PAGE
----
I once saw a kitschy Christmas card featuring a photograph of a straw-filled manger. The caption read “King-sized Bed.”
Despite its triteness, that caption stayed with me. The thought of God’s choice, binding himself to humanity by becoming one of us and in lowly circumstances whose fanfare was known only to shepherds and star-studying Magi is meditation enough to fill a lifetime of Christmases.
“It isn’t to the palace that the Christ Child comes,” Bruce Cockburn reminds us, “but to shepherds and street people, hookers and bums.”
Will I recognize his presence when he comes?
It is Advent, the liturgical season where we keep vigil for the “once and future coming” of the King. This year I’m focusing on the call of the small, on God’s right reordering of the world’s priorities. I hope for grace to shrink my haughty heart to the size of a manger, a king-sized bed.
Weary of political posers and social media ego inflation, I’m praying for grace to keep my eyes on small wonders, filling my heart by emptying it. Why did I ever think happiness could be found in any other way?
“Unless you become as a little child,” Jesus would comment when his friends began bickering about which one was the greatest, “you will not enter the kingdom of God.”
“My kingdom is not of this world,” he told the earthly ruler who had power to kill him, but not to take his life.
If we’re going to prepare for the coming of this king, we have to know where to look.
The scriptures give us glimpses of the places where real life is to be found, and it isn’t typically where the loud and the proud hang out. But it might be, because it isn’t in a particular place at all but in our becoming like small, needy, wonder-filled children.
St. Thérèse of Lisieux, the Little Flower, called it her little way of spiritual childhood.
Fr. Thomas Acklin calls it “conversion as shrinking.”
His book, where I discovered this life-changing phrase, contains a challenge for those who want to grow in humility and happiness, who want more of the humble King’s life in their own hearts. Every time you read the Scriptures, he advises, be on the lookout for the “last, the least, the littlest and the lowest.” Each one is an illustration of God’s call to be small.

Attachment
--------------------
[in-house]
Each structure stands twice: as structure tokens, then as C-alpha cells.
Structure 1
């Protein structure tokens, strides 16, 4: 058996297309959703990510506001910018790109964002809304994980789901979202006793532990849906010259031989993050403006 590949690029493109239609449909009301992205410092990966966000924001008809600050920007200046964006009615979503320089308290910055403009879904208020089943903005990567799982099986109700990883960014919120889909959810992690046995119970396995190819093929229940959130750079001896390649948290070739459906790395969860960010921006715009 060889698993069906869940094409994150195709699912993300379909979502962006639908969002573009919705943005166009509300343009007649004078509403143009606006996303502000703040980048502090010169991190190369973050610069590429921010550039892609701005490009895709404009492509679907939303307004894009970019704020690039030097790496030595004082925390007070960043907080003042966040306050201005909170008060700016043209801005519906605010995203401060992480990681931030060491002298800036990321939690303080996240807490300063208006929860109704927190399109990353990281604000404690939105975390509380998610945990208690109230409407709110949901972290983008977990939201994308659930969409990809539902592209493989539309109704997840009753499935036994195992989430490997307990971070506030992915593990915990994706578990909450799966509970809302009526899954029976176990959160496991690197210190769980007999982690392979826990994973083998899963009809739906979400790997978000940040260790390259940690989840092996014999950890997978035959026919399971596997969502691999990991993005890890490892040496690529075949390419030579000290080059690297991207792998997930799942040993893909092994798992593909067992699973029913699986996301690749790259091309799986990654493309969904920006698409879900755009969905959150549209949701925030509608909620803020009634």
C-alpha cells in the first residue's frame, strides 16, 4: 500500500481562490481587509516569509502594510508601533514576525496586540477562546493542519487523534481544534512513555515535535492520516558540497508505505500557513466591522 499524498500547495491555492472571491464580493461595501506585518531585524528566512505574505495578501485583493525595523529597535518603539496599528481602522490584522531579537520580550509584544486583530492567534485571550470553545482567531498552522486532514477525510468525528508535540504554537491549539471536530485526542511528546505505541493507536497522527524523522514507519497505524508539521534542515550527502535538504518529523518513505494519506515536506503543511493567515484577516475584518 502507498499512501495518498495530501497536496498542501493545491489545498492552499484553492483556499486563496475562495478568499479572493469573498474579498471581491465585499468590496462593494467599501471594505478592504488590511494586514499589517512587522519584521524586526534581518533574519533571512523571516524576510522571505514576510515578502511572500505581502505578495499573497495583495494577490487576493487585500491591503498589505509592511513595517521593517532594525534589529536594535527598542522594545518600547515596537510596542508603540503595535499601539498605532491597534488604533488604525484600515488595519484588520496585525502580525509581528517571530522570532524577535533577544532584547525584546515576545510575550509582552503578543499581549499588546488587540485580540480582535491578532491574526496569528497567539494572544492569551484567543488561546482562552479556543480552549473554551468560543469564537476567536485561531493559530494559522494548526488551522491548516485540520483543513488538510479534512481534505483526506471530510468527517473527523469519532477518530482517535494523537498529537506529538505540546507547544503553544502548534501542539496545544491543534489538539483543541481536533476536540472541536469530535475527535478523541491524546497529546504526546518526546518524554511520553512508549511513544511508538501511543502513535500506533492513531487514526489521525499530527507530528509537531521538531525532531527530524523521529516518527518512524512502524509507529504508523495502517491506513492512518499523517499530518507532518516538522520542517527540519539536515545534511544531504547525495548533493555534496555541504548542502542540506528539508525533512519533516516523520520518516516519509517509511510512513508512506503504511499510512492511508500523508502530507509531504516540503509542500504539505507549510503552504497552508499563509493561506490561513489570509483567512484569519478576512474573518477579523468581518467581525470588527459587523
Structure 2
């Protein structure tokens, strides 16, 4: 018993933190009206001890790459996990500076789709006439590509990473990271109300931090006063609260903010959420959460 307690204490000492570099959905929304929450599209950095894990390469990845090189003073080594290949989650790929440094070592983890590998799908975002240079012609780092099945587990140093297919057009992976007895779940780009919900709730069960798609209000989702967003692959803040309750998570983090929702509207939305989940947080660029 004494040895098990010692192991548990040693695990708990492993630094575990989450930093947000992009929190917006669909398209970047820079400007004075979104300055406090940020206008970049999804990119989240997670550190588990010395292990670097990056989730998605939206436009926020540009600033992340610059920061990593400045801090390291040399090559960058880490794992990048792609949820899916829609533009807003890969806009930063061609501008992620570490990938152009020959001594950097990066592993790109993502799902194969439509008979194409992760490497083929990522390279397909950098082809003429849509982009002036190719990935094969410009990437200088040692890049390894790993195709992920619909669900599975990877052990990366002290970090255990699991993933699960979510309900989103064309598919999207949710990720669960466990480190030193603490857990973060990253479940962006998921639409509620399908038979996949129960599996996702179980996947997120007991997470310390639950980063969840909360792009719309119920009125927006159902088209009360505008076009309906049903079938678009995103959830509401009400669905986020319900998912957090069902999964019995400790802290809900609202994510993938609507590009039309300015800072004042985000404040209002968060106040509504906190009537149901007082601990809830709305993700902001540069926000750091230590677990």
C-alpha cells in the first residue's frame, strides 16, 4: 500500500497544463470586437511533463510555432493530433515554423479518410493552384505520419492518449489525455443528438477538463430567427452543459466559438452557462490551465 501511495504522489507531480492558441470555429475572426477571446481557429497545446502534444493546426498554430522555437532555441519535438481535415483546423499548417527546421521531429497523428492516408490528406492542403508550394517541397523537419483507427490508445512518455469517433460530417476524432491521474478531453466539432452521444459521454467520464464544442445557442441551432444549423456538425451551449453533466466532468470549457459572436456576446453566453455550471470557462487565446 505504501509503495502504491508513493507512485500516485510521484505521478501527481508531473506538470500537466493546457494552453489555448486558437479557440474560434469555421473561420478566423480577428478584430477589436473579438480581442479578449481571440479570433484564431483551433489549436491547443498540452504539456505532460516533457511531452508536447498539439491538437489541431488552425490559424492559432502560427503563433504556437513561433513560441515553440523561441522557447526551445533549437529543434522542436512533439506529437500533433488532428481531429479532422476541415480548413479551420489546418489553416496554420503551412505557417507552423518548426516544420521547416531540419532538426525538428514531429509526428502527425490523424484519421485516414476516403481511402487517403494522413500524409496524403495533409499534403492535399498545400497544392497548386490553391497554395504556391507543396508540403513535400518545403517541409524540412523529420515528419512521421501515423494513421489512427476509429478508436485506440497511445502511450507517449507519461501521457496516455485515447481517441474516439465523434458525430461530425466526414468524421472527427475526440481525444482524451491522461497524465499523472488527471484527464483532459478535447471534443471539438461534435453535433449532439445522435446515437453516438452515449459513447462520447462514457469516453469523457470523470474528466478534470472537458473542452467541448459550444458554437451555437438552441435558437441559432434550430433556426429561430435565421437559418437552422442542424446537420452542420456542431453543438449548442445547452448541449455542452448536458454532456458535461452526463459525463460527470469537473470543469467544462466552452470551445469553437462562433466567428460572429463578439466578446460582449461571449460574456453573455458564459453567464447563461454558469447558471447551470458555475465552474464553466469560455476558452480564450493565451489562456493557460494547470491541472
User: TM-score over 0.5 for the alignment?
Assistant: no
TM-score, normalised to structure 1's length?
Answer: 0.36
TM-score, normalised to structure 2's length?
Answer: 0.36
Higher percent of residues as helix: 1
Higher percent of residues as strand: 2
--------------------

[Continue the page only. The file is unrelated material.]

Each one is a victory for the King.
This is my Advent search.
The kingdom of God in a mustard seed. A cup of cold water given in his name. Lilies. Sparrows. Jesse’s youngest, the shepherd boy. Jonathan’s crippled son Mephibosheth. Gideon’s rag-tag army. Bethlehem, least among the cities of Judah. The widow’s mite, an offering greater than all the others. The Handmaid of the Lord in her Nazareth hometown—can anything good come from there? St. Paul, the “least” of the Apostles.
Celebrations of the small are everywhere once we begin looking. There’s Lucy Pevensie, the youngest and “most longing,” first of the children who walked into Narnia through a hard-backed wardrobe door. The little mouse Reepicheep, first to enter Aslan’s country. Frodo, the hobbit-Ring bearer, and Samwise Gamgee, his humble protector and friend.
There’s the violet pushing through a sidewalk crack. The woman who showed up at school with winter hats she’d knitted and wanted to donate to children without one. The first star in the evening twilight.
The earth is charged with such grandeurs.
I’ll be posting small wonders about them this Advent, in case you’d like to join me. You can subscribe here to receive them, and if you have one to share with me, I’d love to hear from you.
May the scales covering our eyes fall to the ground as we keep watch for the humble King’s once and future coming.
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How does a Servant of God prepare her heart for Christ’s coming? Read Amy Welborn’s Dorothy Day on Advent to discover how seriously the co-founder of The Catholic Worker took her faith in Christ.
Advent should admonish us to discover
in each brother or sister that we greet,
in each friend whose hand we shake,
in each beggar who asks for bread… the face of Christ.
St. Oscar Romero December 3, 1978 (more here)
That’s the call of the small.